Anghami soared when it first debuted with its shares opening at $17.91. Since then, the stock price has dipped 81% with a turbulent trajectory. The startup announced in May last year that its revenue had grown on a year-on-year basis, the same day its share saw a decline of 4%. Toward the end of the year, the startup also went through layoffs to “focus on profitability”. A few weeks before the job cuts, there was news of Spotify being in talks to buy Anghami. The stocks saw Anghami’s share increase by 6% on that day. In the first week of March, Yahoo Finance reported that the share price was up 23%. Overall, Anghami’s share value has dipped by almost 84% in the last year.
Source: Google Finance
The mass transit startup has had quite a journey since it first launched in 2017. Swvl raised over $100M in disclosed funding and expanded across the board after recording acquisitions in Spain, Argentina, and Germany. In the summer of 2021, Burj Khalifa went red to announce that the Middle East’s first $1.5 Bn unicorn is to list on NASDAQ. The company listed its shares at $10 on the NASDAQ in March 2022 through a merger with USA-based blank check company Queen’s Gambit Growth Capital. The listing came right before the investment in the venture capital ecosystem began to dry up. In the coming months, Swvl had to terminate its planned acquisition of UK-based Zeelo. The startup also had to halt its acquisition of Volt Lines as according to the CEO of the Turkish company, the deal had to be revoked because Swvl’s current market cap was below the acquisition price of Volt Lines. Swvl also went through a series of layoffs with Techcrunch reporting that the startup reduced its headcount by almost 50% in November last year. During this time, the publicly listed company also shut its operations in Pakistan entirely.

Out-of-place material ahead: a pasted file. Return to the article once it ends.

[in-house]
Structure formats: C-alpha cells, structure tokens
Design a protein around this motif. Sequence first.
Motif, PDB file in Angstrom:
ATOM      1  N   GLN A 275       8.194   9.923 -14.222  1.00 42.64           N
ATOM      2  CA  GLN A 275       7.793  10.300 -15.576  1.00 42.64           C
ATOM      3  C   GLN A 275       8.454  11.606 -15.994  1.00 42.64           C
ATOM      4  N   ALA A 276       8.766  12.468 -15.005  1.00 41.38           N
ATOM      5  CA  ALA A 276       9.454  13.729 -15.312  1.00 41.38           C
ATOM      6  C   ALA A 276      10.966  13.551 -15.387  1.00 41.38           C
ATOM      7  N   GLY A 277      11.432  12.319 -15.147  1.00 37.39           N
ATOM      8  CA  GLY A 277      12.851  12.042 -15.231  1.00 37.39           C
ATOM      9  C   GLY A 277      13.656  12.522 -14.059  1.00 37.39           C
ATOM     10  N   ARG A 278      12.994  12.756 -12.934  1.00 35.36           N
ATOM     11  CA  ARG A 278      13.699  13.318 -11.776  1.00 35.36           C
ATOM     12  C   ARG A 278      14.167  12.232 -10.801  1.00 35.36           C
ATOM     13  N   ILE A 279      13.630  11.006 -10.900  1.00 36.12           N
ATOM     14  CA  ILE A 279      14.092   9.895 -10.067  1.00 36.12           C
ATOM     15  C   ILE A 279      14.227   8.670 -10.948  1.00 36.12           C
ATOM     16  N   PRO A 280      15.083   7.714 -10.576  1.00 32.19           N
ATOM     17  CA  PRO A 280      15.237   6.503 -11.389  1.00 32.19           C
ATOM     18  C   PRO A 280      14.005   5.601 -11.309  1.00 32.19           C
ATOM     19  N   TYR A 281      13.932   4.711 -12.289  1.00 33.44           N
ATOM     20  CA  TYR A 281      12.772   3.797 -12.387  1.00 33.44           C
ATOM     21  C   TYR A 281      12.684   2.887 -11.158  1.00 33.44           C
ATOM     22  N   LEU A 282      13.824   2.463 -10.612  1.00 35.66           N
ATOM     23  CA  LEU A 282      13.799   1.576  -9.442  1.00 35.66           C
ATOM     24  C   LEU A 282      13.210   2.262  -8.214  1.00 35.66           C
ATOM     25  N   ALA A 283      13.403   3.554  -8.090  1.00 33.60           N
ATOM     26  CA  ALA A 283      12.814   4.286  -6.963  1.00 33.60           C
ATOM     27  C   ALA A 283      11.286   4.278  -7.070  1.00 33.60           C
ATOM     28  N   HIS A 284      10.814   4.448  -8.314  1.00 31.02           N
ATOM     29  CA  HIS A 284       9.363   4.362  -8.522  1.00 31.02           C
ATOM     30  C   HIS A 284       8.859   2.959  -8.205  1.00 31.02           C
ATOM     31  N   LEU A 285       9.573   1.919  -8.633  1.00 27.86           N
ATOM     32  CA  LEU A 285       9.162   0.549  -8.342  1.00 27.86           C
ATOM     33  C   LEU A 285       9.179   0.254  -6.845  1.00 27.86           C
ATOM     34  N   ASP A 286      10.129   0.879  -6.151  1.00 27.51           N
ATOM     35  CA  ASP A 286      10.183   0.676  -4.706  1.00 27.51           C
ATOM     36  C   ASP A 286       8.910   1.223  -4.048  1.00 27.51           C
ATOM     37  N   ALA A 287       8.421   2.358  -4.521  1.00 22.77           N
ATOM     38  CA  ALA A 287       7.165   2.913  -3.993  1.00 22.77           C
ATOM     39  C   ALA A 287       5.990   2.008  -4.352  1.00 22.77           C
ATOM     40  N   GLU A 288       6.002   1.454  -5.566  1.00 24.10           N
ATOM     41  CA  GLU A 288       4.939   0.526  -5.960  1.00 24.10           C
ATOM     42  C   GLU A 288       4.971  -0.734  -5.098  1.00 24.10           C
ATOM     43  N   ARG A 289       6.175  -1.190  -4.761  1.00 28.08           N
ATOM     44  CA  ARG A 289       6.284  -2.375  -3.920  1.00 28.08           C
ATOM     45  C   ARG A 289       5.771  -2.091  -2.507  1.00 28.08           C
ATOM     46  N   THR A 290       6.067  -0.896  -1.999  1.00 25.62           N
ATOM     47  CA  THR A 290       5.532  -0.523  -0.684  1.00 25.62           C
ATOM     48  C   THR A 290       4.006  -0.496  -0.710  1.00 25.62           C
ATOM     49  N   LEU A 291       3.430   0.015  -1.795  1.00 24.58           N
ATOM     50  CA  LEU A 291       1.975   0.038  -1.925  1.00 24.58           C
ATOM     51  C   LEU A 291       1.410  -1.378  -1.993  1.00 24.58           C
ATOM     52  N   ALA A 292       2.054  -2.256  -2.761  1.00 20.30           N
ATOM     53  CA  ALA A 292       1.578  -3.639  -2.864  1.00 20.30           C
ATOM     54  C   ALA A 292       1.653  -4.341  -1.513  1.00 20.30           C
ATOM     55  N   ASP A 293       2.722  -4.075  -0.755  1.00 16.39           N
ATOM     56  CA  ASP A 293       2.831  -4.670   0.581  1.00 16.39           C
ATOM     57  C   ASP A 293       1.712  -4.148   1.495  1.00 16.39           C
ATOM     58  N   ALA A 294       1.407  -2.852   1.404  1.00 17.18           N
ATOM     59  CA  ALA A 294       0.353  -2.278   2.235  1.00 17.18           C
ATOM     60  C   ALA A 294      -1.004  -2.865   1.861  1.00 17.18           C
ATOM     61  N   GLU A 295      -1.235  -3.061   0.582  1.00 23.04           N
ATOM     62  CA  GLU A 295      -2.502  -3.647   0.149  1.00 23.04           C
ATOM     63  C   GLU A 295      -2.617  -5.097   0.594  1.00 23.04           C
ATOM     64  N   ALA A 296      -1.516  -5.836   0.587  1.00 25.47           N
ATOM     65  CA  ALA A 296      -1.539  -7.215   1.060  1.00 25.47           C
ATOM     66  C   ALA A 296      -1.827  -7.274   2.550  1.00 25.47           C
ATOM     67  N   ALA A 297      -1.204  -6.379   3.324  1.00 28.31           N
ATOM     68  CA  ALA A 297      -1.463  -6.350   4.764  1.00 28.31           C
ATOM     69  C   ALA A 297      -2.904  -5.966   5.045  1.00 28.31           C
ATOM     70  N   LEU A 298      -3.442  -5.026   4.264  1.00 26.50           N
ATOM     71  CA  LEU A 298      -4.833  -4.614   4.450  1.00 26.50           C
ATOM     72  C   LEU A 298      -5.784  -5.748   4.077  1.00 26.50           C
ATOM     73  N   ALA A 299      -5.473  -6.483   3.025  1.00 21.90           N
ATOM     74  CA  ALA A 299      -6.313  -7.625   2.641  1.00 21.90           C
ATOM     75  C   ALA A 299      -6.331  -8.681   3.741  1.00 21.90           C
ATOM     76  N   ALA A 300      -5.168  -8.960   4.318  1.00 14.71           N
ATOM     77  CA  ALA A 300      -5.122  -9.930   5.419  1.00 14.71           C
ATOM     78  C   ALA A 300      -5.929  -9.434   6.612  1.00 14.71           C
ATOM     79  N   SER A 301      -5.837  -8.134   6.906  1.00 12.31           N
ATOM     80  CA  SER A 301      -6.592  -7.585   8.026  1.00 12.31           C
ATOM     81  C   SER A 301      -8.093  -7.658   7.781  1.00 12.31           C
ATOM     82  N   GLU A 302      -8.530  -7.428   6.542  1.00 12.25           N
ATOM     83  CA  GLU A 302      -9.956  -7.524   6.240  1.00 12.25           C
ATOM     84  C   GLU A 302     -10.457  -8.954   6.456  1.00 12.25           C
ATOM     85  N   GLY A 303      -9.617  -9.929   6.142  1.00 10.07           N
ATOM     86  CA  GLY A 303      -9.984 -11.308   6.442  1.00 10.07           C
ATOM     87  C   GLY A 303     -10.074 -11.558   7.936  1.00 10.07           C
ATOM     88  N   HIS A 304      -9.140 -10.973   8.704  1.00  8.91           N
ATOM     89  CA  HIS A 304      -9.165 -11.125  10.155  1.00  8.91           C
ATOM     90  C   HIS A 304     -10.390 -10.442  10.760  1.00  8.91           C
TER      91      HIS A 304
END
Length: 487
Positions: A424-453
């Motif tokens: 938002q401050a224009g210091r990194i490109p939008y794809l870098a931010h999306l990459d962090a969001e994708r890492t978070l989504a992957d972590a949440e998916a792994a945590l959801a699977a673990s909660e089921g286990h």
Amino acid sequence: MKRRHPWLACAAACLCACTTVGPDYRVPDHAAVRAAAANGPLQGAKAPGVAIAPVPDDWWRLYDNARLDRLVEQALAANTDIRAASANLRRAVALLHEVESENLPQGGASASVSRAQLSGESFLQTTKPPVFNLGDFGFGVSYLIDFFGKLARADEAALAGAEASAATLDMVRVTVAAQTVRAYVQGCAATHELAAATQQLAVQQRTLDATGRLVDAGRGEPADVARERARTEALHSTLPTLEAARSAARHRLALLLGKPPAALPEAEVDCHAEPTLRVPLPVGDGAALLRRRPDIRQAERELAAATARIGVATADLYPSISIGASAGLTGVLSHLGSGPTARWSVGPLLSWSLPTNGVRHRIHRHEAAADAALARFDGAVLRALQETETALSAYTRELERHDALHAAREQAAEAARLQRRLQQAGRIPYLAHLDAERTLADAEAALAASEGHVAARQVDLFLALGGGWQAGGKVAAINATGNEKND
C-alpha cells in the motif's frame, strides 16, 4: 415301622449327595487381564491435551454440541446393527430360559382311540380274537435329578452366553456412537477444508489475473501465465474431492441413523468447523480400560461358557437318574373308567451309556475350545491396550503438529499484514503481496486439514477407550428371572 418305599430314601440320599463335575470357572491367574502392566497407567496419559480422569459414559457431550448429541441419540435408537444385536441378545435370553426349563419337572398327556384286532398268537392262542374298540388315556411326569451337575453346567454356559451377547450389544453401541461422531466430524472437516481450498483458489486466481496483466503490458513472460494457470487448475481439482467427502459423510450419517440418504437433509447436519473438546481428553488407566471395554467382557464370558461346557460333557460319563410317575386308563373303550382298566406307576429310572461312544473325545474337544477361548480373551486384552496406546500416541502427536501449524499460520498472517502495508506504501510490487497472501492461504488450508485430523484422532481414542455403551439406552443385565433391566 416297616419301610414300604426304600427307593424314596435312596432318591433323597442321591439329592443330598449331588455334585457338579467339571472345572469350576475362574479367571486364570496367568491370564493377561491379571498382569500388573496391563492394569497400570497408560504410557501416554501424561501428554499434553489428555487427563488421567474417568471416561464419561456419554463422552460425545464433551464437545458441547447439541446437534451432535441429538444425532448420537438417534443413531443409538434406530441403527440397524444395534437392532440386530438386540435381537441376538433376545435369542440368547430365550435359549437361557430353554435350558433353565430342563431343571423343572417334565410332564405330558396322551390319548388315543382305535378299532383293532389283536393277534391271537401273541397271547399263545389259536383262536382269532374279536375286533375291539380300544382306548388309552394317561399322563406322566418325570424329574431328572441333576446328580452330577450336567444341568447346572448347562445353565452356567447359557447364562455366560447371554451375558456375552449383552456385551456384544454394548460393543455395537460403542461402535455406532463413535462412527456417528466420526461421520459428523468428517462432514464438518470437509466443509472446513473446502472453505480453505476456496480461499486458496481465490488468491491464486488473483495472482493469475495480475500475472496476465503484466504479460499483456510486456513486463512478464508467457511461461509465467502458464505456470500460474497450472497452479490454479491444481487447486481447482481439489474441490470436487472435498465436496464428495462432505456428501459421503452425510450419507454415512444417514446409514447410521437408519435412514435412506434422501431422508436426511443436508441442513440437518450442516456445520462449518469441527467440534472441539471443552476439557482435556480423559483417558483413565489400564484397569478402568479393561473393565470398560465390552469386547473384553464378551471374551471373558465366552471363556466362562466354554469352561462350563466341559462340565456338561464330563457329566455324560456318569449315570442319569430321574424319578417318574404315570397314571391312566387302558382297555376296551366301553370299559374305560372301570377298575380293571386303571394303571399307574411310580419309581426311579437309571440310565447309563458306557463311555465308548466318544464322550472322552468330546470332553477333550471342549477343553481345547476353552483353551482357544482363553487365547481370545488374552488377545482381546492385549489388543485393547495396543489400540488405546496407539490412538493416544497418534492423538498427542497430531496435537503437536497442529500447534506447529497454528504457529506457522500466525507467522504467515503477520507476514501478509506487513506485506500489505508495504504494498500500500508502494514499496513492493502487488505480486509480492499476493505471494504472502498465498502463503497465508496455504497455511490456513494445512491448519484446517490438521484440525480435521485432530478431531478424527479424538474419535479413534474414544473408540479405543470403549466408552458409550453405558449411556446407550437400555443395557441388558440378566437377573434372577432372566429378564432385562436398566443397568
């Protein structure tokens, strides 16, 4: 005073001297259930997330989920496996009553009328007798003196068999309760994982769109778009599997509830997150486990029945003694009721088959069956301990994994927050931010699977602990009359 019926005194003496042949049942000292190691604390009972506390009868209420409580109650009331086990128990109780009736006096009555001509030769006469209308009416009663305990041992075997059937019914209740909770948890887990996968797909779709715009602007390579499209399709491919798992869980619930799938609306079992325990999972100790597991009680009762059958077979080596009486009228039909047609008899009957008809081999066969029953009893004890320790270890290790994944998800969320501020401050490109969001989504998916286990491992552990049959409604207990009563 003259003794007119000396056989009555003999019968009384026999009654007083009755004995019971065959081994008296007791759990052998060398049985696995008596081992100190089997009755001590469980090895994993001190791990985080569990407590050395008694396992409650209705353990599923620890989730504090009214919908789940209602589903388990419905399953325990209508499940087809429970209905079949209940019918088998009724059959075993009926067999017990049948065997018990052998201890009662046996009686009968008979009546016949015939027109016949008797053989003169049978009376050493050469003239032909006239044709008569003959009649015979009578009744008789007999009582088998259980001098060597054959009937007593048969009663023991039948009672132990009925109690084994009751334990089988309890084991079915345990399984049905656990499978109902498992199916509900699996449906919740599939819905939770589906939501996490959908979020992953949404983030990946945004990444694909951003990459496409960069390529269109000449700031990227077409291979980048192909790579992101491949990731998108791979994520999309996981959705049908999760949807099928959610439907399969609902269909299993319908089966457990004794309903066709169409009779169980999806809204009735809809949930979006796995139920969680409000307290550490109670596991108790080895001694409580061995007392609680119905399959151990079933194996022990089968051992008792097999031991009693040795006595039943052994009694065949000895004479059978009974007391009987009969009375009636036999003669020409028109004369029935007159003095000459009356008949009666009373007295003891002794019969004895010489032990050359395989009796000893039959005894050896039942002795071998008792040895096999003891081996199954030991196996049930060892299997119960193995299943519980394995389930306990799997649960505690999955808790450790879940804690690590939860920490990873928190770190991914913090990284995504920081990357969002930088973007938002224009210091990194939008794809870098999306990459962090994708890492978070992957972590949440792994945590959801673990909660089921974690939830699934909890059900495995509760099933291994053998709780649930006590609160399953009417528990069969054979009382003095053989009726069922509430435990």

A year since the startup went public, the company’s shares have dropped more than 99%, and the once-billion-dollar valuation has tanked considerably. The year did not start off well for the startup as it received its second delisting notice from Nasdaq after its market value dipped below the benchmark. The first came in November after its shares continued to trade below $1.
Source: Google Finance